Case comment: Cadder – Presence of a lawyer at police interview required by Strasbourg rights of defence

Cadder (Appellant) v Her Majesty’s Advocate (Respondent) (Scotland) [2010] UKSC 43 Read judgment

We  posted earlier on the Supreme Court’s ruling that  an accused person’s rights under Article 6 of the Convention are breached if the prosecution leads and relies on evidence of the accused’s interview by police, if a solicitor was not present for that interview.   Indeed Lord Hope thought it “remarkable”  that

until quite recently, nobody thought that there was anything wrong with this procedure. Ever since ..1980, the system of criminal justice in Scotland has proceeded on the basis that admissions made by a detainee without access to legal advice during his detention are admissible. Countless cases have gone through the courts, and decades have passed, without any challenge having been made to that assumption. Continue reading

Straw should not apologise too quickly for New Labour’s civil liberties policies

Jack Straw, the former New Labour Justice Secretary, has marked the 10th anniversary of the passing into law of the Human Rights Act with an article in the Guardian.

There are two points of interest from the article. The first is that, by my reading at least, the article runs close to an apology for the previous government’s much-criticised anti-terrorism policies. Straw, who amongst other front line roles was Home Secretary from 1997 to 2001 and Justice Secretary from 2007 to 2010, says “It is hard to exaggerate the pressures that those with responsibility encounter when a population, or part of it, is scared.” This meant that the government were under pressure and “sometimes the same people who might have been seeking greater controls on the intelligence services will want to know why we didn’t have more intelligence”.

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Scots six hour detention without access to lawyer breached human rights convention

Cadder (Appellant) v Her Majesty’s Advocate (Respondent) (Scotland) [2010] UKSC 43 – Read judgment / press summary

The UK Supreme Court has ruled unanimously that Scottish criminal law, which allows a person to be detained and questioned by the police for up to six hours without access to a solicitor, breached the European Convention on Human Rights. The decision will not allow closed cases to be reopened but will affect cases which have not yet gone to trial.

The court ruled that whilst the Scottish High Court’s decision was entirely in line with previous domestic authority, that authority cannot survive in the light of the Grand Chamber of the European Court of Human Rights’ decision in Salduz v Turkey (2008) 49 EHRR 421 and in subsequent cases. Properly interpreted, Salduz requires a detainee to have had access to a lawyer from the time of the first interview unless there are compelling reasons, in light of the particular circumstances of the case, to restrict that right.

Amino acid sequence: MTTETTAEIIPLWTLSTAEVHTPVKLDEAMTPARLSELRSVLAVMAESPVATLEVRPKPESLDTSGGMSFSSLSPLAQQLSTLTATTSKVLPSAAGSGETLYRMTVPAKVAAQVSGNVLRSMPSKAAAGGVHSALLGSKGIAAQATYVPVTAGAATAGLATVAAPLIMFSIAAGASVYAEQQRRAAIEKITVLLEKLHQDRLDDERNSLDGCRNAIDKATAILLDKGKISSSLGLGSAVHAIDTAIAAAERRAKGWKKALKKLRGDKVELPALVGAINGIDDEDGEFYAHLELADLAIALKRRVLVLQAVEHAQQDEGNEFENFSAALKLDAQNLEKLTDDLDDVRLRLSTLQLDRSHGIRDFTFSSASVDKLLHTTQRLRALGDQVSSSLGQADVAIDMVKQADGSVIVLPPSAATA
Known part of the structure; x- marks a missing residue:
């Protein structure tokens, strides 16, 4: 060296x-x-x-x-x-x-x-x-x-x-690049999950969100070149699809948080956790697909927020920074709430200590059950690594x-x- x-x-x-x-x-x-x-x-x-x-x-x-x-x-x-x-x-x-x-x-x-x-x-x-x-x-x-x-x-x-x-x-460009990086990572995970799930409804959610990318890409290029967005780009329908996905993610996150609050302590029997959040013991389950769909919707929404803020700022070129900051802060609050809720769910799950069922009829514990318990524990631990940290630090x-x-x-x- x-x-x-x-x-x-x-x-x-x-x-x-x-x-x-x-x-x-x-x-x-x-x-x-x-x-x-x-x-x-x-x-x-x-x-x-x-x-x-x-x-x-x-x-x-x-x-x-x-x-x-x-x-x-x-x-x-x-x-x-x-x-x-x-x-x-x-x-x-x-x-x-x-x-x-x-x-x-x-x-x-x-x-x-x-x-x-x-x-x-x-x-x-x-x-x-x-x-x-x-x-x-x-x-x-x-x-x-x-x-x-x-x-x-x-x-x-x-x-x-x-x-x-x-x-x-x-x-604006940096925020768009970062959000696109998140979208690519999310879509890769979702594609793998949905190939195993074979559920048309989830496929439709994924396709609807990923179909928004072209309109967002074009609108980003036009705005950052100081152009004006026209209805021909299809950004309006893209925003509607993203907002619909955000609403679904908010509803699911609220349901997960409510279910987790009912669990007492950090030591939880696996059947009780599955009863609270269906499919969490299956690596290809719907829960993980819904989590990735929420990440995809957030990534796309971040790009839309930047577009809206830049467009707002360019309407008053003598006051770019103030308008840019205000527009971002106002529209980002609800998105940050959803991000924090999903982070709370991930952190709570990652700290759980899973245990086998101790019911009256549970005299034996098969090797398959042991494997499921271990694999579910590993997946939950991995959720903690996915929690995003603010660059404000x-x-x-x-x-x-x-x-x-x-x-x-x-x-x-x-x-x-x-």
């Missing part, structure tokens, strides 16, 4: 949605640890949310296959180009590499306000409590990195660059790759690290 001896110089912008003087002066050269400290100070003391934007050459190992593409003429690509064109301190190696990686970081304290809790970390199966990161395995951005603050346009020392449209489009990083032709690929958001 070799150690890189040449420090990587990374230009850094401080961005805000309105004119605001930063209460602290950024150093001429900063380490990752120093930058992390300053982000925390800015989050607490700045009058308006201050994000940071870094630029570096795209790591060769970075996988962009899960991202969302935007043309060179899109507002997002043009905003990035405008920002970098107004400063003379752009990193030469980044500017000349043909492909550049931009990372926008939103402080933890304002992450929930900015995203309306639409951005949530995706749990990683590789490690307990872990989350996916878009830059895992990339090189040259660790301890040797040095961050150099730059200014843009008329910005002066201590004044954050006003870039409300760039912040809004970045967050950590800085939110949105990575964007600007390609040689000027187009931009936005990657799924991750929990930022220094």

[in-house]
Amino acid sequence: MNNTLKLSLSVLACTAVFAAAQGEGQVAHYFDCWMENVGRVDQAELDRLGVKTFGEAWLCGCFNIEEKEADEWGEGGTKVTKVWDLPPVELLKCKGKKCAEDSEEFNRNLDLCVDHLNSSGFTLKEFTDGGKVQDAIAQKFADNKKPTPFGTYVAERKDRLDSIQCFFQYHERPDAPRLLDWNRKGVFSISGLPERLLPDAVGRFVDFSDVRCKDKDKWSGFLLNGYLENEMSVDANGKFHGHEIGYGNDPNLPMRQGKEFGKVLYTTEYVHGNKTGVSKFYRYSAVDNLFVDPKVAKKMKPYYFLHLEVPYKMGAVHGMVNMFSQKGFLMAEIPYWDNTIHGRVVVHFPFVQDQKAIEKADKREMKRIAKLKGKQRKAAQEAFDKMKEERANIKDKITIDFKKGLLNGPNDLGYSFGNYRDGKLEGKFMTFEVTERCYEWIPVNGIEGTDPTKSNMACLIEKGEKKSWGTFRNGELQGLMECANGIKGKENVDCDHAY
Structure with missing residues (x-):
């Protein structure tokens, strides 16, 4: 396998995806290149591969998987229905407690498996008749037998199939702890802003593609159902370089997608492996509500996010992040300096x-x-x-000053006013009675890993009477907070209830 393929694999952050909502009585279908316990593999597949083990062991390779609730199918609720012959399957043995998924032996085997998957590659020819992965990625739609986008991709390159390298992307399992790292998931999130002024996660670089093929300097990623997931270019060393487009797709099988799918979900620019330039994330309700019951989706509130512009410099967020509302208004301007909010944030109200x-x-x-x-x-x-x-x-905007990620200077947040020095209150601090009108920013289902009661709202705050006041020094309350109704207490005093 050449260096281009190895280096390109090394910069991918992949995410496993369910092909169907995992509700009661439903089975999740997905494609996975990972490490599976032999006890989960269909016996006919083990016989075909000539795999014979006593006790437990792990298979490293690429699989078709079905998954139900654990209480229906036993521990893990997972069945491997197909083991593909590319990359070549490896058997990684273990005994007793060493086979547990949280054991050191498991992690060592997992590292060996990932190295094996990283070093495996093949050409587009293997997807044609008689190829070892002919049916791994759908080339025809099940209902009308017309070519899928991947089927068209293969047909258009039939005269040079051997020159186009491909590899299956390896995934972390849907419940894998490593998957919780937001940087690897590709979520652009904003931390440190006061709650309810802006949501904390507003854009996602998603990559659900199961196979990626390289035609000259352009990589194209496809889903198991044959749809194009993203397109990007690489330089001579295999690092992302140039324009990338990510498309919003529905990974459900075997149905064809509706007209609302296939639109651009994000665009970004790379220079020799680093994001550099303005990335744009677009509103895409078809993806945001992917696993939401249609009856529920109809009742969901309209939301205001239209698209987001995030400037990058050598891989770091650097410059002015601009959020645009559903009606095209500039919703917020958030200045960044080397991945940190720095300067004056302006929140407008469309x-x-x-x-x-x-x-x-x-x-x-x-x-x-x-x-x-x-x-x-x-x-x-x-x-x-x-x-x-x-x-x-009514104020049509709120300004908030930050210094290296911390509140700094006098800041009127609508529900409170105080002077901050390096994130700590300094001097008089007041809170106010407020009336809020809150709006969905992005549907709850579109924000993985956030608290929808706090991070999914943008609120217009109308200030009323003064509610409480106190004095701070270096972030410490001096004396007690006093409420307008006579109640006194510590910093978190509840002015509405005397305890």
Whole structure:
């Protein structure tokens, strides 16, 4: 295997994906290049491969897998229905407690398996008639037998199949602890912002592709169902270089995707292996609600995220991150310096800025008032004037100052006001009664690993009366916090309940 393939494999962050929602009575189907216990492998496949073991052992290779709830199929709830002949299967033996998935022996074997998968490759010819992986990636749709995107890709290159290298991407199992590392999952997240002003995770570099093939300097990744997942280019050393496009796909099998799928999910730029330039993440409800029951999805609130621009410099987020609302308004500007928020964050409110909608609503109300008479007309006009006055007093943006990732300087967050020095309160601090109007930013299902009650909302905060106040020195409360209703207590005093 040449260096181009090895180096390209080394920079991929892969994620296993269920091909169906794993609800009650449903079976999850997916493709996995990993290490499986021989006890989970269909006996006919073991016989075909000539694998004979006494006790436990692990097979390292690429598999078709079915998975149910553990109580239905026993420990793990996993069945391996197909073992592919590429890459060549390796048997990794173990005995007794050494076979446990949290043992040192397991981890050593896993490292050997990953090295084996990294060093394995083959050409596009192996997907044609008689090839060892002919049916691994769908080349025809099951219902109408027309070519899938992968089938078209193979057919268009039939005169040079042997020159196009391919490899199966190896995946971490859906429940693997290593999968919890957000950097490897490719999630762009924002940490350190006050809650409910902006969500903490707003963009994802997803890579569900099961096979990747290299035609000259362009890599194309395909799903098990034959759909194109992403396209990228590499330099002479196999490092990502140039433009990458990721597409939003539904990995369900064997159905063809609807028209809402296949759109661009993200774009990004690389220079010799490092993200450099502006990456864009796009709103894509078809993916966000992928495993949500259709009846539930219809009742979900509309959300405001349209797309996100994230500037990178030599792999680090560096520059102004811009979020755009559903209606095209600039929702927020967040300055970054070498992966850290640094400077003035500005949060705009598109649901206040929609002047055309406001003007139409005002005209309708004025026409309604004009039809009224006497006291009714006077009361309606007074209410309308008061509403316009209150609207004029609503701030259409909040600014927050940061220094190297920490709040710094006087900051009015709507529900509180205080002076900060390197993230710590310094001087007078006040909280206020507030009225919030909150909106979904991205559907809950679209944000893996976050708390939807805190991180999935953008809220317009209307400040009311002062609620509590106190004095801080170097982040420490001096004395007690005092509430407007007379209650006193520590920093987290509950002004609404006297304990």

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Detaining and deporting the mentally ill

Anam v Secretary of State for the Home Department [2010] EWCA Civ 1140 – Read judgment

This appeal raises interesting questions about the approach the courts should take when considering whether detention pending deportation is legal in a case involving an ex-convict with serious psychiatric illness. A failure to implement a Home Office policy on the subject did not automatically make the decision to detain unlawful. However, the Court of Appeal was not unanimous on what the correct test for legality was.

This was an appeal against a deportation decision by the Secretary of State for the Home Department. The Appellant had a long criminal record and in 2007 was sentenced to 4 years in prison for robbery. Later that year, the deportation decision was made. However, the Appellant also had a history of serious psychiatric illness.

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Human rights and judicial review in the past year – Part 4/4: Article 12, the right to marry

This post is adapted from a presentation given at the Justice Human Rights Law Conference, and will be split into four parts. Part 1 can be found here, part 2 here and part 3 here.

Today, in the final part of this series, I concentrate on recent cases involving Article 12, the right to marry and a couple of other notable cases. You can find previous posts on Article 12 here.


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Human rights and judicial review in the past year – Part 3/4: Article 6, the right to a fair trial